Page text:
DEI Spotlight

In early 2021, the City of Irvine passed a resolution reaffirming Irvine's commitment to Diversity, Equity, and Inclusion in our City and subsequently formed an Ad-hoc Diversity, Equity, and Inclusion Committee. The committee's first campaign, “We Are Irvine,” aims to embrace and celebrate diversity and foster an environment that is inclusive of all cultures, races, ethnicities, genders, sexual orientations, ages, abilities, perspectives, and ways of thinking. 

This webpage is an arm of the We Are Irvine campaign and will be updated regularly to reflect the current and upcoming celebrations and observances of our community members and residents. 

Native American Heritage Month & Day of the Dead

Native American Heritage Month

November is Native American Heritage Month. The month is a time to celebrate rich and diverse cultures, traditions, and histories and to acknowledge the important contributions of native tribes in Orange County and indigenous people worldwide. Native American Heritage Month is also a good time to learn about tribes and raise awareness about the unique challenges Native Americans have faced, both historically and in the present, as well as the ways in which tribal citizens have worked to conquer these challenges.

The original inhabitants of Orange County and the surrounding areas are the Gabrieleño (or Gabrielino) Indians and the Juaneño Indians. The Gabrieleño were given this name by the Spanish, because they were named after the San Gabriel Mission, but they call themselves Tongva. The Juaneño, named by the Spanish after the San Juan Capistrano Mission, call themselves Acjachemen.

You can learn more about these Native American people at the links below:

Gabrielino-Tongva Website

Acjachemen Website

Local Artifacts

Portola Springs Community Center, located at 900 Tomato Springs, features a Native American Wing. The area houses cultural and historical artifacts which pay homage to the Native American tribes who once inhabited the Portola Springs area.  

Just outside the community center, nearby trails are home to native plants like the coastal prickly pear which has been known to be a food and medicine source for Native Americans, as well as a source of needles, containers and water.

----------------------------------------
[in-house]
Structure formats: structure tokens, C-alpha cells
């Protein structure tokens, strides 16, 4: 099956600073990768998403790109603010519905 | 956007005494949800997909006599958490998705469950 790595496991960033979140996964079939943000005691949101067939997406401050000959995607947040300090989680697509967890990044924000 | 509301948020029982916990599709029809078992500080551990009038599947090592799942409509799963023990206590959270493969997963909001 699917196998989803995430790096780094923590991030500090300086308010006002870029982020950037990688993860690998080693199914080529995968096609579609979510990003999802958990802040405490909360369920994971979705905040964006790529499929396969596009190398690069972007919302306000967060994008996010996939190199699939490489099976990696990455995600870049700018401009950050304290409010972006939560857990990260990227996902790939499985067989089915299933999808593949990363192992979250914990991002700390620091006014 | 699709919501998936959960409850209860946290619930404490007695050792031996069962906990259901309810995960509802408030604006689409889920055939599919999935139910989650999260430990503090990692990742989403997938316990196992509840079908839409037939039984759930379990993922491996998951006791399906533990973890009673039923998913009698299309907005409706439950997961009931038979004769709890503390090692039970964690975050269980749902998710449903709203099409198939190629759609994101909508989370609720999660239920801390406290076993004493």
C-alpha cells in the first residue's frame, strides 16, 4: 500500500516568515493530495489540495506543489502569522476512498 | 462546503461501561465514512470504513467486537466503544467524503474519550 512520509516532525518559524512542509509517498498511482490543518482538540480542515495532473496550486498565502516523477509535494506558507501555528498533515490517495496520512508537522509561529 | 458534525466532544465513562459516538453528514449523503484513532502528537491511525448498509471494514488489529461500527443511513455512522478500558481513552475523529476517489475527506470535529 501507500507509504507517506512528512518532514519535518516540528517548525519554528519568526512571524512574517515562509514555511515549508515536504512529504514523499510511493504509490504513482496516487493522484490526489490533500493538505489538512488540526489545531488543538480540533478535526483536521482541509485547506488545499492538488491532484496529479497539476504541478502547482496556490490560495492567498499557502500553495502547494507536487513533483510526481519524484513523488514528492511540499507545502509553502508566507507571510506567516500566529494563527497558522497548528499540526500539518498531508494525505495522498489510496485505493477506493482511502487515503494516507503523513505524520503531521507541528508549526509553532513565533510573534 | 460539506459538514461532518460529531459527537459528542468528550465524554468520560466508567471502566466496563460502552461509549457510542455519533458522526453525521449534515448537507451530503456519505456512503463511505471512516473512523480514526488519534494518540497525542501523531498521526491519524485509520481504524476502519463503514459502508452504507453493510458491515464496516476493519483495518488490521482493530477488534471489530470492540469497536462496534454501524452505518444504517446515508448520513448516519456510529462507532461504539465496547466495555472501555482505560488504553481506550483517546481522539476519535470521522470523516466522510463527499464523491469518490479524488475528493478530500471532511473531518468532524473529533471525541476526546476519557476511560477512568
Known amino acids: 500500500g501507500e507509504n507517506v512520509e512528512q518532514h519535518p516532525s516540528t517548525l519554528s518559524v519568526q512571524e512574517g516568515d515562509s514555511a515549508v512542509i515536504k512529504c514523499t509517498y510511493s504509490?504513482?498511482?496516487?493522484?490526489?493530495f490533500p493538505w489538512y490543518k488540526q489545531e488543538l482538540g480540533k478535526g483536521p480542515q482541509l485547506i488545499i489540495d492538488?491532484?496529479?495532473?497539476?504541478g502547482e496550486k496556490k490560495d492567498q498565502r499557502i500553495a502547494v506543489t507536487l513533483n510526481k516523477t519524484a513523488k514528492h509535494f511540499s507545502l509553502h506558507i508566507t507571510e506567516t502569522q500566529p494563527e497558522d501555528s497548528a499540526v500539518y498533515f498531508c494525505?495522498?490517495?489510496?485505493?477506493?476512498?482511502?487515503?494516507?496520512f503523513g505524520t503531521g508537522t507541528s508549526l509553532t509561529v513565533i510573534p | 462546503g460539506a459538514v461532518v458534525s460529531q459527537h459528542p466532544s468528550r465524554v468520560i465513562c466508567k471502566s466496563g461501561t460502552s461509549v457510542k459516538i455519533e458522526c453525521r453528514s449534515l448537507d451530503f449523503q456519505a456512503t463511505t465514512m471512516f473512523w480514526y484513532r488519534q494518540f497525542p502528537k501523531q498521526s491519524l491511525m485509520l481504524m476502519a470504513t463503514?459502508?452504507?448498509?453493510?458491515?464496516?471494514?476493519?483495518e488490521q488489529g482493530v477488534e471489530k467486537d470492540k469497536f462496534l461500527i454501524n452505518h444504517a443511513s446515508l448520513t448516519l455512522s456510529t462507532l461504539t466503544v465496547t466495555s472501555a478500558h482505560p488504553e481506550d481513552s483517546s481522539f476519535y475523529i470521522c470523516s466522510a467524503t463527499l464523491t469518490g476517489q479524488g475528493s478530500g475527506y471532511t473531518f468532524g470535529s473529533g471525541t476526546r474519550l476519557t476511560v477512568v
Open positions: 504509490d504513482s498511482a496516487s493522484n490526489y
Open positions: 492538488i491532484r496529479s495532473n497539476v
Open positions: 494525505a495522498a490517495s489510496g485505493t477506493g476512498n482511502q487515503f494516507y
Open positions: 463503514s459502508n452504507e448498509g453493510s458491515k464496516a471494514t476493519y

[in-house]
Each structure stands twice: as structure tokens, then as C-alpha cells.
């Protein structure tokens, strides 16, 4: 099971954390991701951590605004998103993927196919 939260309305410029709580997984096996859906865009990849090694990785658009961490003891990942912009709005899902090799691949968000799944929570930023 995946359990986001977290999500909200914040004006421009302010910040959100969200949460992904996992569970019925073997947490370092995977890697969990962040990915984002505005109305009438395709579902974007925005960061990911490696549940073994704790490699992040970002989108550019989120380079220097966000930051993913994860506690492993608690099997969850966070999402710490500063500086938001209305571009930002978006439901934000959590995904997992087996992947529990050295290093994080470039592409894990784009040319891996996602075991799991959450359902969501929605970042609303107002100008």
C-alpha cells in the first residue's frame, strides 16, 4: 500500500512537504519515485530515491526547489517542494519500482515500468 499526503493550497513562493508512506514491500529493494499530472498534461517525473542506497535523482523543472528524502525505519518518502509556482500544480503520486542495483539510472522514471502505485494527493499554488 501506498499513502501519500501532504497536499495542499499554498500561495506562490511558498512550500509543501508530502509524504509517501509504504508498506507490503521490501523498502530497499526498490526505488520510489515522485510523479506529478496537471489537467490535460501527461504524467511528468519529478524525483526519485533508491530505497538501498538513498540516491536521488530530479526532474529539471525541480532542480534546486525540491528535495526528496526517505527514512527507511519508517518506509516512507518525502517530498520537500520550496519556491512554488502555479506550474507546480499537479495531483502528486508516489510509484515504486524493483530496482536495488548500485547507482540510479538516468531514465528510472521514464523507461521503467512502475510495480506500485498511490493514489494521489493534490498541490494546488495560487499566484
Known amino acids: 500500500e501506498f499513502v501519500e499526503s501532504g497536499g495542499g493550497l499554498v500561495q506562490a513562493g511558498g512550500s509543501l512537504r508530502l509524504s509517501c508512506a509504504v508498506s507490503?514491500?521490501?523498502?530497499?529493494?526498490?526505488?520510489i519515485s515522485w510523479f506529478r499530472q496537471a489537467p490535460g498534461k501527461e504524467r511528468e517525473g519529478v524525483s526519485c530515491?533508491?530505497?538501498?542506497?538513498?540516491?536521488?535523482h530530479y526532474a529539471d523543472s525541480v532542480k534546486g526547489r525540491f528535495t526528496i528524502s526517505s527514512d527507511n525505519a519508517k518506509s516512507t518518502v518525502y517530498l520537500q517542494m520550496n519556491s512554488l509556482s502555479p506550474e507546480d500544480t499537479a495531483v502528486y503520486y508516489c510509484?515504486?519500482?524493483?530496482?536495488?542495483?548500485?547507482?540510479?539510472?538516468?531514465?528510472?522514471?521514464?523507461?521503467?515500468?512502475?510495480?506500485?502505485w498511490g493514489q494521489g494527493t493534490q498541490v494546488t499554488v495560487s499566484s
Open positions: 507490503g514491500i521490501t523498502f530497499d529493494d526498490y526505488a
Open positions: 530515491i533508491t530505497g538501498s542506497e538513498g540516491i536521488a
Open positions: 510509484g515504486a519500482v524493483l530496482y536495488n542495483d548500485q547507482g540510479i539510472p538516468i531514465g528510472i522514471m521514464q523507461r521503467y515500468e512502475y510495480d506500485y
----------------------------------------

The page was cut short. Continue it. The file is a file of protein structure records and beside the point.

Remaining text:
Visit the Portola Springs Community Center to view the artifacts. The center is open Monday–Friday: 9 a.m.–9 p.m.; Saturday: 9 a.m.–10 p.m.; and Sunday: Noon–6 p.m.

Dia de los Muertos

Although Dia de los Muertos, or Day of the Dead, is celebrated widely throughout Latin American countries, its roots trace back to indigenous traditions. Dia de los Muertos recognizes death as a natural part of the human cycle of life where, for three days, the dead return and are once again part of the community. Altars and offerings are put out to help awaken the deceased from their sleep and share in the celebration with their families and loved ones. In the state of Guerrero, Mexico, the Tlapaneca People offer their deceased adults mole, tamales, and mezcal as offerings. In Veracruz, Mexico, the Totonac peoples consider the altar a small world: earth is represented by the flowers and vegetation, water is placed under the altar, the sky is made out of tepejilote leaves, and the sun is made with coyol palm leaves.

Past Celebrations

Learn more about past celebrations and observances of our diverse community members and residents by clicking the links below.